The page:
Athletic competitions, when you get right down to it, consist of a series of problems or puzzles. The coach’s job is to be sure the athlete has enough tools to solve every problem and to teach the player how and when to use them.
There are 28 different categories for which a women’s soccer player at the University of North Carolina receives a score – every day, in practice and in games.
It’s part of an effort by head coach Anson Dorrance to develop what he has labeled a “competitive cauldron,” a developmental environment which encourages – even demands – competition between teammates.
I came across a good quote recently from a guy named Ric Charlesworth. He’s a famous Aussie cricket and field hockey player and coach who also served as a member of the Australian Parliament for 10 years.
Charlesworth is credited with saying, “The interesting thing about coaching is you have to trouble the comfortable and comfort the troubled.”
There is a growing school of thought that training you team to “peak” at a certain time of the year is no longer the best idea in team sports.
In individual sports like swimming or track, sure, peaking will always be important. it’s pretty obvious that the athlete wants to peak at precisely the right time to put in their best performance of the season in the big event.
But with team sports, it’s not all that feasible that coaches will be able to get all their athletes – or at least the right group of them – to peak at the same time. Injuries, different work-ethics, and varying outside factors of each athlete all contribute to an unmanageable peaking calendar.
We hear the complaint more and more frequently in various forms. But most of the time, it starts with “Kids these days ...”
The complaint revolves around teenagers – and sometimes covers an entire generation – and their phones. “Their heads are buried in the phones” … “They don’t know how to interact with people” … “They have no social skills.”
Once we learn that most of the people being criticized actually can communicate, they just do it differently now, we can start to explore ways to effectively reach them. Adopting their chosen method of communicating is a great start.
Seldom does a movie change the way sports are played, but in 2011, Moneyball did just that. Based on the Michael Lewis book of the same name, Moneyball chronicles the Oakland A’s 2003 season, in which the use of data analytics changed the way baseball teams signed, paid and used players.
Like it or not, data analytics is here to stay. Since 2011, data analytics exploded and has grown to accommodate every aspect of sports – from front-office operations, to on-field performances, to injury prevention, to concession sales, to travel and anything else you can think of.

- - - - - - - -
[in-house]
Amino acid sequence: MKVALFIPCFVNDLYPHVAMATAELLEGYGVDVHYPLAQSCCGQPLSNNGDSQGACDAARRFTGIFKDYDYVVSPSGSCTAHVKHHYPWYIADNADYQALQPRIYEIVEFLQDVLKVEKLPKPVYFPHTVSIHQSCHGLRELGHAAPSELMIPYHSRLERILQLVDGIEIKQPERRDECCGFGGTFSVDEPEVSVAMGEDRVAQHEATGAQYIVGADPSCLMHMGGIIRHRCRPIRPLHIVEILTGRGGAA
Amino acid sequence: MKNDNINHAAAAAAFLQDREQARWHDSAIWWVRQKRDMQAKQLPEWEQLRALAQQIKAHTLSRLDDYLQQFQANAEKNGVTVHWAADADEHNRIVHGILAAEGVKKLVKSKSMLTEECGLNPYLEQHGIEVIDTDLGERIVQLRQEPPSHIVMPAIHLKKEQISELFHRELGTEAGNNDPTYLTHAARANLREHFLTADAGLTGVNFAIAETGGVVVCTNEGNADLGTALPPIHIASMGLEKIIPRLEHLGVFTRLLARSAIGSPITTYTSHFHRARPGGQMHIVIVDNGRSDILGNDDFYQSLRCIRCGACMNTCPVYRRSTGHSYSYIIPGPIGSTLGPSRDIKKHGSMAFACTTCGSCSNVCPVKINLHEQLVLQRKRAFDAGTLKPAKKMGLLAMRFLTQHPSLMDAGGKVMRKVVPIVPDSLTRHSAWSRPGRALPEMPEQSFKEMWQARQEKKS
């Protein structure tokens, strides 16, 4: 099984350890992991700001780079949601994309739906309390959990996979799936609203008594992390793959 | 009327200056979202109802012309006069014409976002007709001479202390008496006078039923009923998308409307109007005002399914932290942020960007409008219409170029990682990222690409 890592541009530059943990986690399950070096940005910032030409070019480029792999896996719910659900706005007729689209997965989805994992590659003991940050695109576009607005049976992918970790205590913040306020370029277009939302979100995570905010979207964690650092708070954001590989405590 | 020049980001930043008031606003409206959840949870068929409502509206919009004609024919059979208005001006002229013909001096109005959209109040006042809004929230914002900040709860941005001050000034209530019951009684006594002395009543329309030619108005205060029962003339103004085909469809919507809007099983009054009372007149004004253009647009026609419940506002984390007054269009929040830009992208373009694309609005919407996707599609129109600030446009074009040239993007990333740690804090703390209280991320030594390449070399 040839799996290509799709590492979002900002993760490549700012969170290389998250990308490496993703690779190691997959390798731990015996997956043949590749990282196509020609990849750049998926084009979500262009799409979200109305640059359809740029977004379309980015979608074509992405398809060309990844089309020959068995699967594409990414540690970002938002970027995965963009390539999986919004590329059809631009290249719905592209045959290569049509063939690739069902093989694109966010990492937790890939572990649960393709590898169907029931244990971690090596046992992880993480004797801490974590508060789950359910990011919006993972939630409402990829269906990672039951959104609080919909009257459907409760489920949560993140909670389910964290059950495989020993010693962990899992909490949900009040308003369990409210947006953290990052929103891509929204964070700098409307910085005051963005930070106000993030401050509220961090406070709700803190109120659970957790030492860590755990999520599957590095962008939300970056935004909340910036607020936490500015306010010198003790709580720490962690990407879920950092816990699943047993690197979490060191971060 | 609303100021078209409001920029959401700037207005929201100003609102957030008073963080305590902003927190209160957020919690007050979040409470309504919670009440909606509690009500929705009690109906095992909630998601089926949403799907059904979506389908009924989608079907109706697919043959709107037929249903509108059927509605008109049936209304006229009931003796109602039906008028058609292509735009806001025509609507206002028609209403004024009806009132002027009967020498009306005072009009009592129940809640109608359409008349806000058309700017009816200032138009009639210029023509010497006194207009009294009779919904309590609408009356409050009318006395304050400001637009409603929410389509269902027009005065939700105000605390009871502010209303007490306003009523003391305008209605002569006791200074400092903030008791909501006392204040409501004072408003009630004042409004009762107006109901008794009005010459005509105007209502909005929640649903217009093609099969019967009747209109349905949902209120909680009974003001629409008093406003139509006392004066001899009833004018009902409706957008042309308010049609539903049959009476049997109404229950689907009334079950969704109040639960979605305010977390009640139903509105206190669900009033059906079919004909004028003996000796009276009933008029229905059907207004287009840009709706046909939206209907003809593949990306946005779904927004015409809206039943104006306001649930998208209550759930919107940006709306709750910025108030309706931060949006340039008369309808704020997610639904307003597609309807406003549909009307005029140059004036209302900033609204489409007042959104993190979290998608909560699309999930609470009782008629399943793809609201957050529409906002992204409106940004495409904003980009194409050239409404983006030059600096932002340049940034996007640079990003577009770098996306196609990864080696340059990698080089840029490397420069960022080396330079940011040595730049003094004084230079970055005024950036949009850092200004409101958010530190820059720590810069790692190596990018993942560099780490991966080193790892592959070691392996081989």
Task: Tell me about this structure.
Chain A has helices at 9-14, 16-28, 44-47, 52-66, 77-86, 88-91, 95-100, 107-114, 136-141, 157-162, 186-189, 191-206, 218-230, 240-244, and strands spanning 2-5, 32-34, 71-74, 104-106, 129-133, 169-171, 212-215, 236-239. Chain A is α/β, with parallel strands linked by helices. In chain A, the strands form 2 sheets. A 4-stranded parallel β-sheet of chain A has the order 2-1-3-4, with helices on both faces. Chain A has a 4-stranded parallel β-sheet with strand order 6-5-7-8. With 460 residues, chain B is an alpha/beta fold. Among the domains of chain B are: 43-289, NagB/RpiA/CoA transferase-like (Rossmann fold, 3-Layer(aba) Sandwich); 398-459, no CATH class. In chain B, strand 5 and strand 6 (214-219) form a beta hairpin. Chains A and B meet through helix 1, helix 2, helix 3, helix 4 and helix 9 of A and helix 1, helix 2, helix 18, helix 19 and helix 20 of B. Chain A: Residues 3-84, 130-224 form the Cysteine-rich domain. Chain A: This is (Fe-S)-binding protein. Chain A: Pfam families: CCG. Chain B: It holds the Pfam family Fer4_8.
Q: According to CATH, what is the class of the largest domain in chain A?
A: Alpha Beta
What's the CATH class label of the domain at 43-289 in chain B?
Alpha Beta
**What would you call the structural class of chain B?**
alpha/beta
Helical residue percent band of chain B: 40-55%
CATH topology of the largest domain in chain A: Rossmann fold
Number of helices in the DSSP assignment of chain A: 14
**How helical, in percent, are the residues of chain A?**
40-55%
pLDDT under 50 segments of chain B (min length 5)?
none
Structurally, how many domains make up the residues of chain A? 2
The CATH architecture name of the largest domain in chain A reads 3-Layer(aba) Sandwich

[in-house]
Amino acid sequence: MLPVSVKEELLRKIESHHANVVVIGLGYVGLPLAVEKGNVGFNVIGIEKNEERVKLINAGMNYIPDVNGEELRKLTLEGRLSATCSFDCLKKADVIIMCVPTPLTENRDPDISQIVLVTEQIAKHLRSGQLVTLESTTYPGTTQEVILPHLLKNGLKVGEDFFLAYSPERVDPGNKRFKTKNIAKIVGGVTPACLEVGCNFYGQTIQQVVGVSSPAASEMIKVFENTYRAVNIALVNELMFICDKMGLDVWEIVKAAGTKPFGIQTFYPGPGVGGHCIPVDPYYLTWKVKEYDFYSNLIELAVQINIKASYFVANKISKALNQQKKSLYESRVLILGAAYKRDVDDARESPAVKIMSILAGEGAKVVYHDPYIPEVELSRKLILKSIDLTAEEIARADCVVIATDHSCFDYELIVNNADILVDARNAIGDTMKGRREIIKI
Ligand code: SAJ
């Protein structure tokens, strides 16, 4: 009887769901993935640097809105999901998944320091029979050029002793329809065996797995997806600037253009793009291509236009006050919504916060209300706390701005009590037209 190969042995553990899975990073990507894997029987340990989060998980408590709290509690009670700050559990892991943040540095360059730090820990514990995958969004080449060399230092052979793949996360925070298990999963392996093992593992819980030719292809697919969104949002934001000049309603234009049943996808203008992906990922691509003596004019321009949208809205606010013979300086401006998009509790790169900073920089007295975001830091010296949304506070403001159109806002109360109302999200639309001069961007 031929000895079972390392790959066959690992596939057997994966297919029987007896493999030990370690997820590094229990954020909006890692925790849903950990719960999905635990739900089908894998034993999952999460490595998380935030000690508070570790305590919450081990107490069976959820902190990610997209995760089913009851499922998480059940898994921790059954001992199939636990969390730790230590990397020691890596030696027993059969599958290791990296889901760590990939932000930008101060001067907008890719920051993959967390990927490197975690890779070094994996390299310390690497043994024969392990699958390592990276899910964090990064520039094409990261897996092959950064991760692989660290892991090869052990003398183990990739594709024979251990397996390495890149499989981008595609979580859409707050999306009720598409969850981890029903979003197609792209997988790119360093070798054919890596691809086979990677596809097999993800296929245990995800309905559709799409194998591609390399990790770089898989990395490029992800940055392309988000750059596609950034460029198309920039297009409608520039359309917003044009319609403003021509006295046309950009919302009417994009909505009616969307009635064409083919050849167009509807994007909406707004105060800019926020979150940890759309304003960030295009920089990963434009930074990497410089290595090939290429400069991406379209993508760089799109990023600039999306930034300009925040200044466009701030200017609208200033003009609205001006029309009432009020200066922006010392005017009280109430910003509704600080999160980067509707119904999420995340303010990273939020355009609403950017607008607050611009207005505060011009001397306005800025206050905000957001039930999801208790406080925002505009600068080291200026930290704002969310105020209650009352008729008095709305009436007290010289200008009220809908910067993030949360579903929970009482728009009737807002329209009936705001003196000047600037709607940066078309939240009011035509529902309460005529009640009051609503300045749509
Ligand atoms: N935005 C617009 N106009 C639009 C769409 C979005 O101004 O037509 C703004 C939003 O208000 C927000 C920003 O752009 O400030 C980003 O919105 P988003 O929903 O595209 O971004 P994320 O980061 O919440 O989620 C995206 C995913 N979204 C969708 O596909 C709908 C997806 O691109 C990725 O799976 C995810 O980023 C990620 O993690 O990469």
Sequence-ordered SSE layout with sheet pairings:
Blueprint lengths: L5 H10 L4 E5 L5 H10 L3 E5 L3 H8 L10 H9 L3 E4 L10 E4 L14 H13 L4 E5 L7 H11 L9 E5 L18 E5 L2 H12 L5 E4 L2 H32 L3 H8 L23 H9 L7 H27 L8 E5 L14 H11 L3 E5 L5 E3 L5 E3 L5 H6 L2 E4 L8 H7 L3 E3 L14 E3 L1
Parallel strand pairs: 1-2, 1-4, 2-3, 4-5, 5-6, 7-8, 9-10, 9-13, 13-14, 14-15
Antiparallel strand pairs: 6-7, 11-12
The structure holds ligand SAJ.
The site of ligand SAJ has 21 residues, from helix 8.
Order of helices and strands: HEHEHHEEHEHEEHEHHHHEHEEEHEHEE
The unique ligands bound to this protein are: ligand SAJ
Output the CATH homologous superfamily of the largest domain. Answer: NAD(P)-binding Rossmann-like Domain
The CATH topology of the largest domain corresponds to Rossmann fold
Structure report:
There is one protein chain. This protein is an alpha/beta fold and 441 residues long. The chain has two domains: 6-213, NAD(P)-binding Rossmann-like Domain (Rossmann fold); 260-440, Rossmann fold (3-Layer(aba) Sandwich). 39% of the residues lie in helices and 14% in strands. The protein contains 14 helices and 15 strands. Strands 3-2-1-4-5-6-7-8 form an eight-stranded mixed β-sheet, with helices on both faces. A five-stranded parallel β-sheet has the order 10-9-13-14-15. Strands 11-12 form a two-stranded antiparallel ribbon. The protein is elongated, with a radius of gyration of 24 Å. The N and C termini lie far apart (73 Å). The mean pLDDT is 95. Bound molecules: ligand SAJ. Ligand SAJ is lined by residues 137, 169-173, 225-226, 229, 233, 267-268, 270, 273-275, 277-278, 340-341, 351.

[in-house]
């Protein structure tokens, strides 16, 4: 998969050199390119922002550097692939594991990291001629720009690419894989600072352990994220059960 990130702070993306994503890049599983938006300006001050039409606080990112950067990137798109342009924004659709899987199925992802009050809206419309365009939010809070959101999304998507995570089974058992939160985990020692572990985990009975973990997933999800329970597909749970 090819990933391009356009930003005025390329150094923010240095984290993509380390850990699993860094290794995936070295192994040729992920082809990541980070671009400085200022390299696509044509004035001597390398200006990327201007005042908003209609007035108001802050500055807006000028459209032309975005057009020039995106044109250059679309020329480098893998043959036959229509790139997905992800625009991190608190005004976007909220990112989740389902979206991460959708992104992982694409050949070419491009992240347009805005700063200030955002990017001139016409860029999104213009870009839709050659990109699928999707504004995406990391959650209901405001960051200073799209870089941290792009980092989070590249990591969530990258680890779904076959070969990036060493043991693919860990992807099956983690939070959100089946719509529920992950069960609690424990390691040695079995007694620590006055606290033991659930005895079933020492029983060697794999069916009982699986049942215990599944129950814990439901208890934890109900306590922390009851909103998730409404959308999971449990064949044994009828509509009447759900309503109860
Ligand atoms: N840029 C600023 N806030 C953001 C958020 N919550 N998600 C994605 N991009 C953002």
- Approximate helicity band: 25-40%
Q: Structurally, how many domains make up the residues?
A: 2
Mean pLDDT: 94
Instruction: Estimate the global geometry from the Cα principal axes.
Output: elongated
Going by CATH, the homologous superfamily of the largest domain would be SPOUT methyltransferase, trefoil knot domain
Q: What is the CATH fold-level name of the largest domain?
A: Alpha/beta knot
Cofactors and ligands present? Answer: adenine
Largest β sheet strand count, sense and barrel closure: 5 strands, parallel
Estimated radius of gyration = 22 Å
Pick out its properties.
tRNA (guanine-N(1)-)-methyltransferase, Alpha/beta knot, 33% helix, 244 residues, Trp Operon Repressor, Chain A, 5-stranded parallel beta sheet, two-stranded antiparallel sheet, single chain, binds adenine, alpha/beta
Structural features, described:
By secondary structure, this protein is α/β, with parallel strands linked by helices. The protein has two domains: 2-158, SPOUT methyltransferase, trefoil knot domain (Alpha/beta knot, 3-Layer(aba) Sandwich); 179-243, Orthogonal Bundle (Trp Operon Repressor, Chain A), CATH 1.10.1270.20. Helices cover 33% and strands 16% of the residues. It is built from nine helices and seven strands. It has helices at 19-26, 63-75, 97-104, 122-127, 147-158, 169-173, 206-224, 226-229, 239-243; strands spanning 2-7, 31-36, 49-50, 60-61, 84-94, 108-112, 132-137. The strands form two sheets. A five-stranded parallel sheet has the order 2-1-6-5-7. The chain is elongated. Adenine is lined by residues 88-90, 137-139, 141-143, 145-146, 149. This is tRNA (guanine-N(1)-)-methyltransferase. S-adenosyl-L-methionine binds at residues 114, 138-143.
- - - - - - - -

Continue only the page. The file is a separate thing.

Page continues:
Back in the 90s, I learned about a simple team-building exercise that seems appropriate at this time of the year. Teams that play fall seasons, are entering their playoffs or major tournaments, conference championships, NCAA tournaments. It’s that time of the year, when players are excited, have high expectations and lofty dreams.
They are also wondering if they are good enough, either individually or as a team. Coaches are looking for ways to re-assure them, motivate them and give that extra boost of confidence that could make the difference.
Just when you think you have a handle on the most recent technology, it changes. Just when you have almost perfected a method of communicating with your team, a better way comes along.
“Just go out there and relax.”
Most coaches have said that to their team at one point or another, or in some cases before every game. And chances are good that later on you are going to ask those same players to have more intensity.
One of DRIVN’s more popular features is the Trackers, which provides coaches and athletes a way to monitor, record and chart data to help maximize performance.
Are a couple of the team’s athletes more fatigued than the others? Is muscle soreness an issue within the team? Is the stress level higher at one point in the season than others? It’s easy to understand how those factors can be important to the performance of an individual or team.
But what about sleep? The amount of sleep your players are getting is also measured through DRIVN’s trackers. Is sleep really that important?